Insight #313 – “I Can Do All Things…”

“I can do all things through Christ.” Wonderful. But what does that really mean? We must examine the setting. Paul was writing to the Philippians from prison. He thanked them for their “partnership in furtherance of the Gospel from the first day until now” (1:5). Toward the end of the letter he added: “You did well that you shared in my affliction… I am filled, having received from Epaphroditus the things that came from you” (Phil. 4:14, 18). So, the setting is material aid Paul received while in prison.

Here is the immediate context: “Not that I speak because of lack, for I have learned in whatever state I am, to be content in it. I know how to be humbled, and I also know how to abound. In everything and in all things I have learned the secret both to be filled and to be hungry, both to abound and to be in need. I can do all things through Christ, who strengthens me” (4:11-13).

What Paul Was NOT Saying

Before we continue to explore what Paul was talking about, let’s consider what he was not talking about. Paul was not talking about accomplishing great feats. You’ve probably heard that “you can be what you want to be.” The power of positive thinking. Philippians 4:13 has nothing to do with such fantasies. Not everybody, if they just dedicate themselves, can become an astronaut or win an Olympic gold medal.

This is true not only in the physical realm but also in the spiritual. A most graphic text is 1 Cor. 12:14-21. The foot, hand, ear, and eye all belong to the same body, and each obviously has different capabilities and limitations. “If the whole body were an eye, where would the hearing be?… If they were all one member, where would the body be?” (12:17-19). God does not tell the foot that if it tries hard enough it can become a hand. No. God expects the foot to be a good foot. “I can do all things” was never meant to teach that anybody can be a great preacher, a super soul winner, an amazing comforter if they just try hard enough.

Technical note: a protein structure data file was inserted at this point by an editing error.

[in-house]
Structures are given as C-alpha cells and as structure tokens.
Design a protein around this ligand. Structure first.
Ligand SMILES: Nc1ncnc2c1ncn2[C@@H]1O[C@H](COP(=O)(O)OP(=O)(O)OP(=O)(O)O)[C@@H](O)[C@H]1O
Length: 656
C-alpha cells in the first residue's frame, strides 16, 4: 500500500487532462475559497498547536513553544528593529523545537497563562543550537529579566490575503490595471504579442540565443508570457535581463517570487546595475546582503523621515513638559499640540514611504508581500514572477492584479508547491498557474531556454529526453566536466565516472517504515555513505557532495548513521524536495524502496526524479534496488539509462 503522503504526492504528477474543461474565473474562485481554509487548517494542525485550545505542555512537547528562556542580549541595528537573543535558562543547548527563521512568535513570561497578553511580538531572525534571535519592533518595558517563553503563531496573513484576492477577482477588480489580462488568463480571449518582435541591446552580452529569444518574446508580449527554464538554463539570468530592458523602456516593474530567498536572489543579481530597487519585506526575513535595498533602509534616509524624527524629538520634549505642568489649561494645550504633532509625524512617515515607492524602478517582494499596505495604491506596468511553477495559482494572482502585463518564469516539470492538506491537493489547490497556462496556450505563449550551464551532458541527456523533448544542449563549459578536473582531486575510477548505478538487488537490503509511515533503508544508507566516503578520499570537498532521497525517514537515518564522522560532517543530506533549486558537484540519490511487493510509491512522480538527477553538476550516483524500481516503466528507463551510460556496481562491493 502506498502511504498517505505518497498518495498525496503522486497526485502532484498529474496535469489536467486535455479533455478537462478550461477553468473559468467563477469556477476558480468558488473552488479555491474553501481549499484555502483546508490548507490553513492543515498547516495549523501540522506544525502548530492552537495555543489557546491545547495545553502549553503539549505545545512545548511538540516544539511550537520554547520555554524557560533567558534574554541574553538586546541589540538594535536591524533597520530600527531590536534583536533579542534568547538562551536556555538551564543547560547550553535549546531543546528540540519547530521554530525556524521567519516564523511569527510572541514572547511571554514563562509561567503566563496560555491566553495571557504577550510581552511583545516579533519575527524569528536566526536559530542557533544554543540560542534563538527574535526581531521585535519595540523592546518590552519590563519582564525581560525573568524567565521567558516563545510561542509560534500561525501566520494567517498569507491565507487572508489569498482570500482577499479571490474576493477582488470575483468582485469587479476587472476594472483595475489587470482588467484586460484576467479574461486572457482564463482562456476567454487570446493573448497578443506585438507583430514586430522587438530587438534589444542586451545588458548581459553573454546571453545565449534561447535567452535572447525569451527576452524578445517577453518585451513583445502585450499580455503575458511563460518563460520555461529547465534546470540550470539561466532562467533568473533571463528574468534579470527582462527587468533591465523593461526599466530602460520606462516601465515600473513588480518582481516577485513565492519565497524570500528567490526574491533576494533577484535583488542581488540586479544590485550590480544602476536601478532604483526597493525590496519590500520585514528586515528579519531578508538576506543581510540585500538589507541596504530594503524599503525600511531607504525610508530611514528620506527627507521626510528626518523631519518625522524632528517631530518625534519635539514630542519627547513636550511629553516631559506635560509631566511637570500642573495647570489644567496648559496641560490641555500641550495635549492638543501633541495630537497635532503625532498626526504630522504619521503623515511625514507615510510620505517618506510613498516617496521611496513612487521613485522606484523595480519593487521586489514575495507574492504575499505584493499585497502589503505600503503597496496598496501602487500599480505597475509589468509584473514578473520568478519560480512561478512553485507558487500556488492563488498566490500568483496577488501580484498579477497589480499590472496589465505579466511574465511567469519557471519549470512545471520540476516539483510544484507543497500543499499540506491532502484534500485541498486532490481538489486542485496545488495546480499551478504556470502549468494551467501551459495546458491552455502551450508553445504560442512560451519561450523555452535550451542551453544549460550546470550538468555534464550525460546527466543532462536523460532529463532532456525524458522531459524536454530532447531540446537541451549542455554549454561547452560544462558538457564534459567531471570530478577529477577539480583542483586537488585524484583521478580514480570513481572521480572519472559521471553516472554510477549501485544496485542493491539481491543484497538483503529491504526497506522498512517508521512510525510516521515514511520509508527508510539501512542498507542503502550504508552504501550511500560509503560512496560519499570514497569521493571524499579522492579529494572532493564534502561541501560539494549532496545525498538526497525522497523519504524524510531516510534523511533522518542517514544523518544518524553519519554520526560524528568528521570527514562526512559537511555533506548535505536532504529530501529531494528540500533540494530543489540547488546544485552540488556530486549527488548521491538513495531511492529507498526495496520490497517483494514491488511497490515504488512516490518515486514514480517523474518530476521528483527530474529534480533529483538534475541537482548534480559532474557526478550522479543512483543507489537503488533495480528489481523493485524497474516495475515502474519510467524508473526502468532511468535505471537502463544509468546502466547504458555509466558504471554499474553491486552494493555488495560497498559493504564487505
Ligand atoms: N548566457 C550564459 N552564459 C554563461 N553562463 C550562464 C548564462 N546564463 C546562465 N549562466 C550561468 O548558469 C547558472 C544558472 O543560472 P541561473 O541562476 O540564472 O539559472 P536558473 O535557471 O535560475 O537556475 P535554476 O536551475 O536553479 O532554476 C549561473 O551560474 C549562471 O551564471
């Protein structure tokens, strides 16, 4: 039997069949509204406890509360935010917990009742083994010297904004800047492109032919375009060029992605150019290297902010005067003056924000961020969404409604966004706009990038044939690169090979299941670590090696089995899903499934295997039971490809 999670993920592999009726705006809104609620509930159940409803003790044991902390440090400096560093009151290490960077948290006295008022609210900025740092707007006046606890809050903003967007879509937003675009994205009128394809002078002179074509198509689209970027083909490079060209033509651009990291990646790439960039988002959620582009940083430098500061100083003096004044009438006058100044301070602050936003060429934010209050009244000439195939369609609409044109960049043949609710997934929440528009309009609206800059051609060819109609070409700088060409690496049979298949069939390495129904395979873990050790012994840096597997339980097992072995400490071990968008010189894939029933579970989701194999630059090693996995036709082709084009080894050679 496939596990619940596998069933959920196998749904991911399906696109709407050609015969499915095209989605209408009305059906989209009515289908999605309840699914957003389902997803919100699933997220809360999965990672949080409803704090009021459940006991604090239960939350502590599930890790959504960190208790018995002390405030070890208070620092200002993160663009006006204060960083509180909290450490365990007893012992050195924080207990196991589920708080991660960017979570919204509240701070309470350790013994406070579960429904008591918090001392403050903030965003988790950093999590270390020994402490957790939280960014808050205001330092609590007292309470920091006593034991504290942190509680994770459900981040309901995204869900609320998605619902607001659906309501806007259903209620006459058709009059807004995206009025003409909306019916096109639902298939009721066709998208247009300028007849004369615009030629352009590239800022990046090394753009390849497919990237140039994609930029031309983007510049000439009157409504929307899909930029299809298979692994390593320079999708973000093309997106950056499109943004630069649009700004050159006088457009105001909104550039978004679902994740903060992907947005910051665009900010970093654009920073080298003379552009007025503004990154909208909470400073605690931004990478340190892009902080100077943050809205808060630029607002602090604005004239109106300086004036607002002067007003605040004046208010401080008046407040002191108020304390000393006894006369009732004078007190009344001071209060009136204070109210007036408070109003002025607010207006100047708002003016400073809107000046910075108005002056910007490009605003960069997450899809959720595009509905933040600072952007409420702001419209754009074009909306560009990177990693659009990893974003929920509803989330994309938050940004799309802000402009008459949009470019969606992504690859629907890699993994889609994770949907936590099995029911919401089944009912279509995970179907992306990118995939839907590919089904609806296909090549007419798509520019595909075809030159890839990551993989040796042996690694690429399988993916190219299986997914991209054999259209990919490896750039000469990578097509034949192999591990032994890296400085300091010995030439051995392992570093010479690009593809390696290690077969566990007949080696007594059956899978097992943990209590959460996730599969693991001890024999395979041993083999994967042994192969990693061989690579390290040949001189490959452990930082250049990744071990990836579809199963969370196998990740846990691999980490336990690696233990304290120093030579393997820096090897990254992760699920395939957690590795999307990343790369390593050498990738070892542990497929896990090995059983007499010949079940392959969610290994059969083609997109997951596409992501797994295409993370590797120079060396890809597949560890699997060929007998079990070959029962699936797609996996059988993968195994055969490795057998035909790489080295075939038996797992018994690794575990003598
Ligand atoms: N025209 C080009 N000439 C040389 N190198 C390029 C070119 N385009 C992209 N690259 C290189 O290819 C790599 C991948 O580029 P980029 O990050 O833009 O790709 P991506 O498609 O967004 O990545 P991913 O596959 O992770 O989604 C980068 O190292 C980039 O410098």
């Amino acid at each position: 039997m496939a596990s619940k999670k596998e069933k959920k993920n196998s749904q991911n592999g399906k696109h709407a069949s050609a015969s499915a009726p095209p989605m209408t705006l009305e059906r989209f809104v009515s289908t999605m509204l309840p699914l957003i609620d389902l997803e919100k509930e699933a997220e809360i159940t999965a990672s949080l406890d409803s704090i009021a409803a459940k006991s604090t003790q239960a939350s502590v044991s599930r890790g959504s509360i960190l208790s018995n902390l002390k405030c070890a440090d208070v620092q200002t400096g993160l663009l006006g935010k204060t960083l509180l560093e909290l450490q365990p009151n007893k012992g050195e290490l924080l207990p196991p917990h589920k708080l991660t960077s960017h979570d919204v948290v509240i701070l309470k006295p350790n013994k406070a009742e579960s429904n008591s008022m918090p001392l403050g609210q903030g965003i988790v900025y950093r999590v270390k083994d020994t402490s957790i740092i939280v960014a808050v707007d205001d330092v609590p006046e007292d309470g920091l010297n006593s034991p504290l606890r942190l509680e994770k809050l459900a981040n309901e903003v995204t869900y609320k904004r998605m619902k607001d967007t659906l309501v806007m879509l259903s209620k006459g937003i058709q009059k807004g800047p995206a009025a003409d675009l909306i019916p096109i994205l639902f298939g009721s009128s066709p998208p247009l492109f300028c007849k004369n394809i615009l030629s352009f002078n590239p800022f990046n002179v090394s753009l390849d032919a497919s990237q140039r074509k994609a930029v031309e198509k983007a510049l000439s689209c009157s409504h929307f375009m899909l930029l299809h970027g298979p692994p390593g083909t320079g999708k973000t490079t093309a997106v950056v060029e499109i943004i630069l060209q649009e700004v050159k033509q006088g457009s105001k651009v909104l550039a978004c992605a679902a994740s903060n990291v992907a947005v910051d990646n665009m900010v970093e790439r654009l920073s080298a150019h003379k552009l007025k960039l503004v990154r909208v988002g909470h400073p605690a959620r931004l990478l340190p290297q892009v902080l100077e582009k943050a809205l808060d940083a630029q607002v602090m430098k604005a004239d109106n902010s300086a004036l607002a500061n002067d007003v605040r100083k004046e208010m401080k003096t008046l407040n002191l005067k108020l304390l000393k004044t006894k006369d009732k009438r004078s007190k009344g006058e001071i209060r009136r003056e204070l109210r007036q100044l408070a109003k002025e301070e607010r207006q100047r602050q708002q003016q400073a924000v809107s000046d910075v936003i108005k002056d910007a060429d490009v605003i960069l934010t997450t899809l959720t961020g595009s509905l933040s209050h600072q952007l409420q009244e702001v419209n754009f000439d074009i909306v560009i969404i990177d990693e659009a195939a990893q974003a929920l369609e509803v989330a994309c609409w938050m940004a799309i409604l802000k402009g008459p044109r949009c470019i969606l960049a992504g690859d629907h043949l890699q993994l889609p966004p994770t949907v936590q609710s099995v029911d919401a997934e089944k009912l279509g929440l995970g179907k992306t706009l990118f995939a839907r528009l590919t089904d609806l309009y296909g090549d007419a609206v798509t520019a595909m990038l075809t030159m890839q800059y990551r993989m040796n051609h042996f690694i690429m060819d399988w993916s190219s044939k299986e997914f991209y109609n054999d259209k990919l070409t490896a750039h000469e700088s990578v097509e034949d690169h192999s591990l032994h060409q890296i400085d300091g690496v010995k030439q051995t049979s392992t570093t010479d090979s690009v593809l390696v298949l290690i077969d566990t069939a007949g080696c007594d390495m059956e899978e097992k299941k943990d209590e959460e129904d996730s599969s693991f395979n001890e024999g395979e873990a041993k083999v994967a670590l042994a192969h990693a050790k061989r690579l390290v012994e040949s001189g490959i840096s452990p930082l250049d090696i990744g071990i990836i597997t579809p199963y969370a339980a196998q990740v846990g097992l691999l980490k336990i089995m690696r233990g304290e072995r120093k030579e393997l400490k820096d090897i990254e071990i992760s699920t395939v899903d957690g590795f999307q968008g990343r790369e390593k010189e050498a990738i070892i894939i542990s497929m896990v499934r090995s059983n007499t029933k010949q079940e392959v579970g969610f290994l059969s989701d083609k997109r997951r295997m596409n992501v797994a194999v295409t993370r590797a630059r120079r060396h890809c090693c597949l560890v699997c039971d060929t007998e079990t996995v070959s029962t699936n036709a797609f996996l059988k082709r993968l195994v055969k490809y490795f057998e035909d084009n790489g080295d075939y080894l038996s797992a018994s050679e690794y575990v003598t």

Yes, most (or all) of us can do more, can do better, can do new things. But we all have numerous limitations. None of us can do “all things” out of context.

What Paul WAS Saying

“I have learned in whatever state I am, to be content in it. I know how to be humbled… I have learned the secret… to be hungry… and to be in need. I can do all things…” (4:11-13). Paul is discussing the circumstances of life, what life threw at him. He was thankful for the Philippians sharing with him, but he had learned the secret of handling jail time. He knew how to cope with being hungry. He was not thrown off balance by being in need. Paul was able to be “content” when the going was rough.

COVID-19 has turned the entire world upside down. How are you handling whatever it has brought your way? Has it “ruined” your life? Or have you “learned the secret” to be “content” in your current situation, whatever that may be? And your “current” may be all kinds of things apart from the pandemic. Paul was telling us that the difficulties of life do not have to control us.

What Else Paul Was Saying

Much of the Bible and much Christian exhortation deals with handling adversity. But Paul didn’t limit his remarks to the bad. He also said he could handle “to be filled… to abound.”

Have lots of money? Jesus said it is difficult for the rich to be saved (Matt. 19:23-26). Why is that? Pride. Self-satisfaction. Proverbs speaks to both sides of life’s situations in 30:8-9: “Give me neither poverty nor riches. Feed me with the food that is needful for me, lest I be full, deny you, and say, ‘Who is the Lord?’ or lest I be poor, and steal, and so dishonor the name of my God.”

A striking example of being ruined by blessing is seen in the life of Hezekiah. A longer account in 2 Kings 20 is shortened in 2 Chr. 32:24-26, with a sad addition: Hezekiah was filled with pride when God answered his prayer. Pride because God has blessed you? Pride because I won someone to Christ? Oh, to be on guard over even spiritual success. Can we handle it? Have we learned in every situation – good as well as bad – to be overcomers, to be humble?

How Can We “Learn” To Do “All Things”?

First: this kind of learning takes place in real time. It takes more than agreeing with this Insight. It takes practice working on our attitudes through both the good and the bad times.

Second: Doing all things is “through Christ, who strengthens me.” Pour out your heart to Christ. Plead with Him for grace to overcome. Fix your eyes on Jesus, not on the situation nor on yourself. Be filled with the Spirit.

In short, “do all things” does not mean doing anything we want. It means to be able to bear up under whatever life brings our way.